CSC161 2011S Imperative Problem Solving

Laboratory: Conditionals

Summary: In this laboratory, you will begin working with simple conditional statements in C.



a. Create a directory for this lab. I'd suggest csc161/labs/conditionals.

b. In that directory, create our standard Makefile.


Exercise 1: Signing Numbers

a. Write a program, sign, that prompts the user for a number, determines the sign of the number, and then prints out a message about the sign of the number. For example

Please enter a number: 23
23.0 appears to be positive.
Please enter a number: -123.2
-123.2 appears to be negative.
Please enter a number: 0
0.0 appears to be zero.

Recall that you can use scanf to read in a number.

b. Experimentally determine whether there are any inputs that you would consider non-zero that your program considers zero.

Exercise 2: The Two's Bit

Write a program that takes an integer as input (either on the command line or read after a prompt) and prints out whether or not the two's bit is set.

Exercise 3: Nicknames

Pick five friends with nicknames (real or invented) and write a program that takes a nickname on the command line and prints out the corresponding full name.

% nickname SamR
SamR is a nickname for Samuel A. Rebelsky
% nickname Herbie
Herbie is a nickname for Herbert Q. Namsak
% nickname RayK
RayK does not appear to be a nickname for anyone I know.

Exercise 4: Inverse Operations

Consider the following program.

#include <stdio.h>
#include <stdlib.h>
#include <math.h>

 * Fun with approximation.
  double d = 2.0;
  double root = sqrt(d);
  double squared = root * root;
  printf ("The square root of %lf is %lf\n", d, root);
  printf ("%lf squared is %lf\n", root, squared);
  if (d == squared)
    printf ("Yay!  The square of the square root of %lf is %lf.\n", d, d);
    printf ("Boo!  The square of the square root of %lf differs from %lf.\n",
            d, d);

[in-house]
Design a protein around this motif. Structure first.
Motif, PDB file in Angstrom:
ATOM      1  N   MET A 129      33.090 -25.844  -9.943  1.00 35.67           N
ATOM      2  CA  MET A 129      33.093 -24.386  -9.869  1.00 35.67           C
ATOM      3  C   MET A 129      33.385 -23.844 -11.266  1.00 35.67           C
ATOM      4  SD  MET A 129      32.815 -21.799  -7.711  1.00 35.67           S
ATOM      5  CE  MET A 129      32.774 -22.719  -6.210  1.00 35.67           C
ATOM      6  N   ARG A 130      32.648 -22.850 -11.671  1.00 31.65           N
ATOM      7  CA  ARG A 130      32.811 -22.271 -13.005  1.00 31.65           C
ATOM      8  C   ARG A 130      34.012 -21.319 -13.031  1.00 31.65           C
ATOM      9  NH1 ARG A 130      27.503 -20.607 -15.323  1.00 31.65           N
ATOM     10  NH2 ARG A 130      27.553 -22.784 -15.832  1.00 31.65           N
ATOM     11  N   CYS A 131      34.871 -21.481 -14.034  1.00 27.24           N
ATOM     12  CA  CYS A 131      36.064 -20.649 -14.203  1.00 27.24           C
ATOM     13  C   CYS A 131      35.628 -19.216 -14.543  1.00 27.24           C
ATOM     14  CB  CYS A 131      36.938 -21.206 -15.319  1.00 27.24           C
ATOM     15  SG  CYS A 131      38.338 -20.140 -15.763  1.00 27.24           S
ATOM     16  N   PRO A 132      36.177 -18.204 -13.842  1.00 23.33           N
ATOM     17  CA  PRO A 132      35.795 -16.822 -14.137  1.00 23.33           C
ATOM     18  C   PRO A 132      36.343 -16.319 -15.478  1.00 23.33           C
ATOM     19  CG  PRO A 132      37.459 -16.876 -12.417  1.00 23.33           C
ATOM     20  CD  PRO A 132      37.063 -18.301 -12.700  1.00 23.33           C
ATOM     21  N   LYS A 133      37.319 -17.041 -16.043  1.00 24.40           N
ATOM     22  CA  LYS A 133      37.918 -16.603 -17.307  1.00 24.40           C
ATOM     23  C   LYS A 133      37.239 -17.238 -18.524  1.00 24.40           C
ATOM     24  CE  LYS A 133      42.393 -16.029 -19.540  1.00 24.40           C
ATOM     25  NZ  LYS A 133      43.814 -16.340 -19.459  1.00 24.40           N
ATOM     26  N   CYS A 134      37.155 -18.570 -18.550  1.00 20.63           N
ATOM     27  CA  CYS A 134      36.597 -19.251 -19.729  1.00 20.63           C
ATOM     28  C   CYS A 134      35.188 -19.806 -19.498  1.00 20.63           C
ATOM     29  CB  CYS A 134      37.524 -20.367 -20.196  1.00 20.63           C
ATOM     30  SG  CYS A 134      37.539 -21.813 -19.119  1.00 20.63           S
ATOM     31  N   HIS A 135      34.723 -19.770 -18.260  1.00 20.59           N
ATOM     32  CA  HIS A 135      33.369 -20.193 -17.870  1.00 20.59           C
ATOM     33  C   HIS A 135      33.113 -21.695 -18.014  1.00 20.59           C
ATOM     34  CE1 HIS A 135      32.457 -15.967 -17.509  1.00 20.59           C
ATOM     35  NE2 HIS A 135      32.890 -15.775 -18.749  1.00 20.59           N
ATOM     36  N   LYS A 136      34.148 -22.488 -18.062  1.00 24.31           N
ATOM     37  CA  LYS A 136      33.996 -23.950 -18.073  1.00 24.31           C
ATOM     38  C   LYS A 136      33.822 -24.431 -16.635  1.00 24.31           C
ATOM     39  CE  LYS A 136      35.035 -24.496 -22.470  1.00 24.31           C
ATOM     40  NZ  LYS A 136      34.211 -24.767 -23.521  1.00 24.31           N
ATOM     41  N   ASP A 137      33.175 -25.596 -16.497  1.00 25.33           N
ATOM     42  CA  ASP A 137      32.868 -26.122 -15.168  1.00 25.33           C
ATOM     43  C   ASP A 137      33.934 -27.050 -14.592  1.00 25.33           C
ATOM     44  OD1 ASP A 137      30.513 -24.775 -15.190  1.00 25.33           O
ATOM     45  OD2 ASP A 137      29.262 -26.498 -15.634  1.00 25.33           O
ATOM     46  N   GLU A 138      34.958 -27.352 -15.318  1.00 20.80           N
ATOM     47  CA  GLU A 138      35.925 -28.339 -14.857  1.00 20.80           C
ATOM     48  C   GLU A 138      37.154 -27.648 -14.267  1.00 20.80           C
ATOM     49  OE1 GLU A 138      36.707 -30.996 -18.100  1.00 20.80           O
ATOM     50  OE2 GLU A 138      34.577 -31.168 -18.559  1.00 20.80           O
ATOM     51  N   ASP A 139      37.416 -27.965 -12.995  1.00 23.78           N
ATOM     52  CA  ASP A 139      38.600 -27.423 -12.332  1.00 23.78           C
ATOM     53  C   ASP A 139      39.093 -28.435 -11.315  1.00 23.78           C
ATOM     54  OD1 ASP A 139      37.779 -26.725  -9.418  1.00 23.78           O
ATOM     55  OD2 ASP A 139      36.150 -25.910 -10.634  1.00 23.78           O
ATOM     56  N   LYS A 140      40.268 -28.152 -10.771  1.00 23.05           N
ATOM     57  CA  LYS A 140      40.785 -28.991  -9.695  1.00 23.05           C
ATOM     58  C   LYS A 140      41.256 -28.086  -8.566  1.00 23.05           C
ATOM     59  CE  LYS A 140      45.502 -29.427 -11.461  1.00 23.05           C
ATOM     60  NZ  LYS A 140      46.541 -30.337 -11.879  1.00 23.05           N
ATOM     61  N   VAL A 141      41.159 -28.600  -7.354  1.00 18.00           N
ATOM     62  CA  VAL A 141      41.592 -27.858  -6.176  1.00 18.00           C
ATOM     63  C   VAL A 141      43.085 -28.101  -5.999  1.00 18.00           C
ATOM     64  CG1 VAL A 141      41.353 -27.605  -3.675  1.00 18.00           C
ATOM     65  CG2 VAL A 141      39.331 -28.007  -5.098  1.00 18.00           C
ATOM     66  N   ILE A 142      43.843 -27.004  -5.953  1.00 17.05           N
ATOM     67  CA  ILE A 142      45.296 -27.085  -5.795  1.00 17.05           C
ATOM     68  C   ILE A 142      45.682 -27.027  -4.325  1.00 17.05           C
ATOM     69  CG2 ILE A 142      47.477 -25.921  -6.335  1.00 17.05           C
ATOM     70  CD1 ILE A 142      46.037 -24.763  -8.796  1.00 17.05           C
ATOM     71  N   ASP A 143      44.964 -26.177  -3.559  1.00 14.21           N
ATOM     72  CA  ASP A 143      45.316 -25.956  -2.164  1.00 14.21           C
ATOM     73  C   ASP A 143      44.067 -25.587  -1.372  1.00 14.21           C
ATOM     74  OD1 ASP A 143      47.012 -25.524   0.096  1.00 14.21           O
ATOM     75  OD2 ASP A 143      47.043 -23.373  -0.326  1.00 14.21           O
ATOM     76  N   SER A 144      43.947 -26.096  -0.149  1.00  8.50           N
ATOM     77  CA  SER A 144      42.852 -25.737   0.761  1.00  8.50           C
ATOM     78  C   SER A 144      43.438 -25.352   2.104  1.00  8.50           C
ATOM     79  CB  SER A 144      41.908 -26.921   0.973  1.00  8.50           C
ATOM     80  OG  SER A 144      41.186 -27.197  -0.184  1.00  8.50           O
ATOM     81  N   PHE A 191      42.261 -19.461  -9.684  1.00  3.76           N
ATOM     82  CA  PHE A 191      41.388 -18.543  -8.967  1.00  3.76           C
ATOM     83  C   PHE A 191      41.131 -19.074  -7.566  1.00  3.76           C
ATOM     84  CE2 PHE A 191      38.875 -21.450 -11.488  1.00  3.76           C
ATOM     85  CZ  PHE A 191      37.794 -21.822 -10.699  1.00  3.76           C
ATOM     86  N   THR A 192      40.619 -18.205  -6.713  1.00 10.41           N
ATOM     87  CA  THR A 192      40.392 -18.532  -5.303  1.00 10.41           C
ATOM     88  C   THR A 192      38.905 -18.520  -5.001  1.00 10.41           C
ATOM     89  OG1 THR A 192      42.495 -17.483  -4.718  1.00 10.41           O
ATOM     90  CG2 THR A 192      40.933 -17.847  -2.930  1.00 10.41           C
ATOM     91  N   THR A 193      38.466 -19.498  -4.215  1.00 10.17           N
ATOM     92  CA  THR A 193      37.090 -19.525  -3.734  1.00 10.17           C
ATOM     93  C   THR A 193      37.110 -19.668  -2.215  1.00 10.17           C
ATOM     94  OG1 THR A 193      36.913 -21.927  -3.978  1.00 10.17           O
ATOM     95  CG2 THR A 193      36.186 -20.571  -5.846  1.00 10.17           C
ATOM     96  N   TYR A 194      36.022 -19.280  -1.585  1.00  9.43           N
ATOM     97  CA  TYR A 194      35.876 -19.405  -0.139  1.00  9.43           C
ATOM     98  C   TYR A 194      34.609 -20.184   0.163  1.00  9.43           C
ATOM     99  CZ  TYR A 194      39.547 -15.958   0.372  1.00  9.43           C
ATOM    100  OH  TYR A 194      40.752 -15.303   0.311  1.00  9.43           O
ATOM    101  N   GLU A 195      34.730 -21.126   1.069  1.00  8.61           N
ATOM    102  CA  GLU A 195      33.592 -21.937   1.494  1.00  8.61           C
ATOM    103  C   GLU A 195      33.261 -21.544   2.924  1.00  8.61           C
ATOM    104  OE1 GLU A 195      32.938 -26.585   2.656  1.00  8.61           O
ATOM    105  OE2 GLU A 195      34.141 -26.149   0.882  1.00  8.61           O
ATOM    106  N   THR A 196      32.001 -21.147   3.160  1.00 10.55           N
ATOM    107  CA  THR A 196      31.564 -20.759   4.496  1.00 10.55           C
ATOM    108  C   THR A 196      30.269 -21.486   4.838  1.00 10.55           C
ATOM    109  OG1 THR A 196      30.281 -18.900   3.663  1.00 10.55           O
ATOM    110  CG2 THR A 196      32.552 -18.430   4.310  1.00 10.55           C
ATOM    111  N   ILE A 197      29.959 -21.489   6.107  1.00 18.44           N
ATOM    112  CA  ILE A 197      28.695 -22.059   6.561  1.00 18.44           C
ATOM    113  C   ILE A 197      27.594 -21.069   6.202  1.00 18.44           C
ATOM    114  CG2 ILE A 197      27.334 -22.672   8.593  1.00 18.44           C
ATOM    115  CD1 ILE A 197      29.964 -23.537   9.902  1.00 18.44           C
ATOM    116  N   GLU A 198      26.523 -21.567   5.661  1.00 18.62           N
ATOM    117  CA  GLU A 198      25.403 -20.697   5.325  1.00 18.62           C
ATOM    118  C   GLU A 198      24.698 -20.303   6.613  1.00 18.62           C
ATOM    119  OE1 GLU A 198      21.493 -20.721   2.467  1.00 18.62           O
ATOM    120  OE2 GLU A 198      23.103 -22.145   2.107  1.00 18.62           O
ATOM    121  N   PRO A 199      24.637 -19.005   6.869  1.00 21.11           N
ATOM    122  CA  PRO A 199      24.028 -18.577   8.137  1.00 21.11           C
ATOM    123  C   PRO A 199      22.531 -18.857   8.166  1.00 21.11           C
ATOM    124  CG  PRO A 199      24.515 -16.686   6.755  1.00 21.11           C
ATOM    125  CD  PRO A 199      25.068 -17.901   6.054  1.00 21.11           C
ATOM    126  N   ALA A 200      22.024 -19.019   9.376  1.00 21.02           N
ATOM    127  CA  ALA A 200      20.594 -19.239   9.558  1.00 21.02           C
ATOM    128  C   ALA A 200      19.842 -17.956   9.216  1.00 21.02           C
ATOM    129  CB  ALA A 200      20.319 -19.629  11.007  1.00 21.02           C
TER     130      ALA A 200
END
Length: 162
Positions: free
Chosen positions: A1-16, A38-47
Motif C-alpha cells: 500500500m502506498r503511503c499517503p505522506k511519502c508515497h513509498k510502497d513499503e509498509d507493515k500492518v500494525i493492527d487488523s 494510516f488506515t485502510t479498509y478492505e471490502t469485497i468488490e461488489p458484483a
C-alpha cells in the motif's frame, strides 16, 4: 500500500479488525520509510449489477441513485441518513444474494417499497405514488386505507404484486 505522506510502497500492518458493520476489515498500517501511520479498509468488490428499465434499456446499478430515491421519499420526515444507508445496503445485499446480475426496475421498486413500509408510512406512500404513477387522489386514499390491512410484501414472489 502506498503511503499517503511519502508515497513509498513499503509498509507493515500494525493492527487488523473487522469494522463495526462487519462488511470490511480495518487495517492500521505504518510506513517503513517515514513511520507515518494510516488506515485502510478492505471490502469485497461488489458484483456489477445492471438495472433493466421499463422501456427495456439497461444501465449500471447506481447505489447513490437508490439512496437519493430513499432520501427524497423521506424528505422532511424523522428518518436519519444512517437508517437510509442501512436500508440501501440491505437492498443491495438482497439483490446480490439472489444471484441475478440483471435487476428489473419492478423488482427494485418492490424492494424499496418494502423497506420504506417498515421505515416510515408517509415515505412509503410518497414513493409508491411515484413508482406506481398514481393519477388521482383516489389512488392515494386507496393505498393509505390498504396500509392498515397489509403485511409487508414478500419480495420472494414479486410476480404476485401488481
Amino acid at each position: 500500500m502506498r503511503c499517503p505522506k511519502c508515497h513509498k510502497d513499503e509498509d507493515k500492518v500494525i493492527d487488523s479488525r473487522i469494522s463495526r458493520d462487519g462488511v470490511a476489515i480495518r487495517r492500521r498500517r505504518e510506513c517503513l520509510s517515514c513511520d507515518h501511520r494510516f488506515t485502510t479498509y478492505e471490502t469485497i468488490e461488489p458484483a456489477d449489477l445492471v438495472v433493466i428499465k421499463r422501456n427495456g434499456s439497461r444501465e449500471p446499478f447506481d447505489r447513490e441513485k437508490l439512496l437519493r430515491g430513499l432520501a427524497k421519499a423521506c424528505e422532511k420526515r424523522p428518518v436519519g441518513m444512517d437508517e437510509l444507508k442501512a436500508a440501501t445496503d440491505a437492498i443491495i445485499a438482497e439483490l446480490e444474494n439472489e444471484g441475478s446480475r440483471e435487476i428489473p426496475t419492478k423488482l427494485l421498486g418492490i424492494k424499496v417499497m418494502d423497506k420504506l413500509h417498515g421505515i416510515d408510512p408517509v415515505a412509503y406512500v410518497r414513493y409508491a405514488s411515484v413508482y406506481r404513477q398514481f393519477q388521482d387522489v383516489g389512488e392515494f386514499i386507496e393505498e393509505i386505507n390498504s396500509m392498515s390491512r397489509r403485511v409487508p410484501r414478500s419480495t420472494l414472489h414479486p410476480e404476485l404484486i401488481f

return EXIT_SUCCESS;
} // main

The first two lines of output read

The square root of 2.000000 is 1.414214
1.414214 squared is 2.000000

a. What do you expect the third line of output to be?

b. Check your answer experimentally.

c. Explain the answer you got.

d. How do you expect the output to change if you change the line that reads d=2 to read d=4?

e. Check your answer experimentally.

f. Explain the answer you got.

Exercise 5: Near Equality

As you discovered in your explorations with numbers, values of type double approximate real numbers. One problem with approximation is that a sequence of operations can lead to less and less good approximations. For example, you just discovered that if you square the square root of two, you do not get something exactly equal to two.

In response to this problem, many programmers write code that determines whether two values are approximately equal.

Write a program that reads in two real numbers and determines whether they are approximately equal. You may choose the metric for approximate equality, but it should be a sensible metric.

Be prepared to share your answer with the class.

Exercise 6: Simple Sorting

Write a program that reads in three integers and prints them out in order from smallest to largest. For example,

Enter a number: 42
Enter a number: 23
Enter a number: 32
In numerical order: 23 32 42

You might also take the three numbers on the command line.

For Those with Extra Time

Rewrite the binary search example so that it does only one test.

This problem is closely based on Exercise 3-1 in K&R.



Monday, 20 September 2010 [Samuel A. Rebelsky]

Tuesday, 21 September 2010 [Samuel A. Rebelsky]

Wednesday, 23 February 2011 [Samuel A. Rebelsky]


Disclaimer: I usually create these pages on the fly, which means that I rarely proofread them and they may contain bad grammar and incorrect details. It also means that I tend to update them regularly (see the history for more details). Feel free to contact me with any suggestions for changes.

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Samuel A. Rebelsky,